Earlier this month, Tallgrass Energy’s Rockies Express Pipeline (REX) achieved full in-service of its 800-MMcf/d Zone 3 Capacity Enhancement Project, boosting the line’s east-to-west takeaway capacity out of Ohio to 2.6 Bcf/d, up 45% from 1.8 Bcf/d previously. Flows since then provide early indications of how Marcellus/Utica producers and downstream markets are responding to this added ability to move gas west. In today’s blog, we continue our look at how the expansion has impacted flows, this time with a focus on the delivery side.
Tallgrass Energy’s Rockies Express Pipeline earlier this month (on January 6, 2017) brought into service the last 350 MMcf/d of its 800-MMcf/d Zone 3 Capacity Enhancement Project, boosting the line’s east-to-west takeaway capacity out of Ohio to 2.6 Bcf/d, up 45% from 1.8 Bcf/d previously. The new, fully-subscribed capacity, designed to serve Marcellus/Utica producers, filled up almost instantaneously. But unlike previous capacity additions, Northeast production did not increase. Instead the gas came from other pipelines. This development provides an early indication of what the new capacity will mean for producers, flows and prices. In today’s blog, we delve into pipeline flow data to understand the early impacts of the new takeaway capacity.
Northeast producers are about to get a new path to target LNG export demand at Cheniere Energy’s Sabine Pass LNG terminal. Cheniere in late December received federal approval to commission its new Sabine Pass lateral—the 2.1-Bcf/d East Meter Pipeline. Also in late December, Williams indicated in a regulatory filing that it anticipates a February 1, 2017 in-service date for its 1.2-Bcf/d Gulf Trace Expansion Project, which will reverse southern portions of the Transcontinental Gas Pipe Line to send Northeast supply south to the export facility via the East Meter pipe. Today we provide an update on current and upcoming pipelines supplying exports from Sabine Pass.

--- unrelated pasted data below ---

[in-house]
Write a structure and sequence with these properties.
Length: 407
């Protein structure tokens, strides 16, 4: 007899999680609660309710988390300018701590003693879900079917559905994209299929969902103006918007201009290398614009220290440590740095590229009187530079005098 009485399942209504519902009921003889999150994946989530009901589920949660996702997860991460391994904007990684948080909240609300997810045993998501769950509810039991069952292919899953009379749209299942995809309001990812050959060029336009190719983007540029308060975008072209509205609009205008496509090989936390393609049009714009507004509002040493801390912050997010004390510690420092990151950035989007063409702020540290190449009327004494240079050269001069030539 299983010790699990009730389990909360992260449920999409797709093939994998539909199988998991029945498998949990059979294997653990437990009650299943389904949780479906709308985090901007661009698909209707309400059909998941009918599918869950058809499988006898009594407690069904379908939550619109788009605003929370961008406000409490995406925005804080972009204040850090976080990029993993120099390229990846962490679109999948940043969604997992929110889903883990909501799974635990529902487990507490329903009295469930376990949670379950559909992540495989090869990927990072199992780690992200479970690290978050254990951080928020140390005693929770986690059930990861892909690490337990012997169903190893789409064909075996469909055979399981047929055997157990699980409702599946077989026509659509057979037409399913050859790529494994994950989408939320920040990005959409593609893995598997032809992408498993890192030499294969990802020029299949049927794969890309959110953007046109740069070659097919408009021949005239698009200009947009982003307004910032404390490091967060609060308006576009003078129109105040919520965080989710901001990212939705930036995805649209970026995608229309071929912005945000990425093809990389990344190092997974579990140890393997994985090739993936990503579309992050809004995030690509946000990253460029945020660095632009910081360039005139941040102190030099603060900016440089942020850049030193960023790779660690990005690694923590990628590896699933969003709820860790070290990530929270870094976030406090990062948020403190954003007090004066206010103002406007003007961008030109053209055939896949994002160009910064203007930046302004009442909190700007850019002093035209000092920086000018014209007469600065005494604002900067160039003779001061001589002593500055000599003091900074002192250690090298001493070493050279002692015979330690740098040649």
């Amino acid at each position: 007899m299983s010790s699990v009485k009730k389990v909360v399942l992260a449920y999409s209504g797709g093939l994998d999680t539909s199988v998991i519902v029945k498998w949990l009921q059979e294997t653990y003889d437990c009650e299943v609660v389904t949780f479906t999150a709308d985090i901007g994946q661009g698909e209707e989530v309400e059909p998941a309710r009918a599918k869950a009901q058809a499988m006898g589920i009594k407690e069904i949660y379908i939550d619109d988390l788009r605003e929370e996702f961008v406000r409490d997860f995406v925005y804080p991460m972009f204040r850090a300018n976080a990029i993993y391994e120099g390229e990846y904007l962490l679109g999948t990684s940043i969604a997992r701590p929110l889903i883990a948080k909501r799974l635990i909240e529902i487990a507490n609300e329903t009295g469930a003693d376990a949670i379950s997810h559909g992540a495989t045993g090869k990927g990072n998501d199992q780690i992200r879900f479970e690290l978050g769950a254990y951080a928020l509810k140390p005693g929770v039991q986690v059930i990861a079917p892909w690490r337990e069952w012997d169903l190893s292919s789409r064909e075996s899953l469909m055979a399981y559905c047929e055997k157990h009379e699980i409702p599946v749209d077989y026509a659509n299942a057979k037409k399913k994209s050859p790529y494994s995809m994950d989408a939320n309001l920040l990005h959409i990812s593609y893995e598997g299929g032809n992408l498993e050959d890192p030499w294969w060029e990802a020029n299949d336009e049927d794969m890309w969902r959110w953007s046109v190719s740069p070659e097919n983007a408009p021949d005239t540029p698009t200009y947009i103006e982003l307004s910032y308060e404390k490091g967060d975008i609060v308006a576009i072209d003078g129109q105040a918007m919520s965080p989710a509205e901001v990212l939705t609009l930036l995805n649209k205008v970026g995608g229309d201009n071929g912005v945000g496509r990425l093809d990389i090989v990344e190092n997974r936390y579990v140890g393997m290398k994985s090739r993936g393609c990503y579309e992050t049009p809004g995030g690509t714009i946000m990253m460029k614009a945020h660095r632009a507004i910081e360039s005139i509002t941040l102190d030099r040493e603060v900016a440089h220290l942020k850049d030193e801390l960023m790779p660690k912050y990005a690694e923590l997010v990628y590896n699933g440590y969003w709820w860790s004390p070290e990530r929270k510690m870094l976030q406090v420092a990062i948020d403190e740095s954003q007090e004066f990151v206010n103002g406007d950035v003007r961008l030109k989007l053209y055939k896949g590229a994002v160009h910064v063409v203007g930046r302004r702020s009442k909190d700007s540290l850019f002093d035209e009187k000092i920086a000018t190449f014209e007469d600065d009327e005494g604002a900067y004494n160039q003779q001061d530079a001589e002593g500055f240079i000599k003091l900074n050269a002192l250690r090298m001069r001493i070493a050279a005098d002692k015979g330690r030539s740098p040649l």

Crude oil and natural gas production growth stalled in 2015 and has declined this year in some of the big shale basins. But we may be seeing a turnaround. The latest EIA Drilling Productivity Report, released on December 12, 2016, included upward revisions to its recent shale production estimates and also projects an increase in its one-month outlook for the first time in 21 months (since its March 2015 report). Today we break down the latest DPR data.
The build-out of incremental natural gas takeaway capacity out of the Marcellus/Utica region has come in fits and starts, with new pipelines—as opposed to the reversal or expansion of existing pipes—proving to be the most troublesome. Energy Transfer Partners and Traverse Midstream Holdings’ long-planned 3.25-Bcf/d Rover Pipeline to southern Michigan is a case in point. The latest challenge for the $4.2 billion project is getting final federal approval in time to allow tree clearing along the pipeline’s 711-mile route to be completed before federally protected bats start roosting in early April. If that timeline’s not met, Rover’s planned completion later in 2017 may be delayed a full year, enabling Western Canadian gas producers to sell more gas to Ontario and the Upper Midwest. Today we assess what’s at stake for ETP, Traverse, and producer-shippers in the Marcellus/Utica and Western Canada.
There’s good reason to believe that the international LNG market has turned a corner, with demand and LNG prices on the rise and with a number of new LNG-import projects being planned. That would be good news for U.S. natural gas producers, who know that rising LNG exports will boost gas demand and support attractive gas prices. It also would help to validate the wisdom of building all that liquefaction/LNG export capacity now nearing completion. Today we look at recent developments in worldwide LNG demand and pricing and how they may signal the need for more LNG-producing capacity in the first half of the 2020s.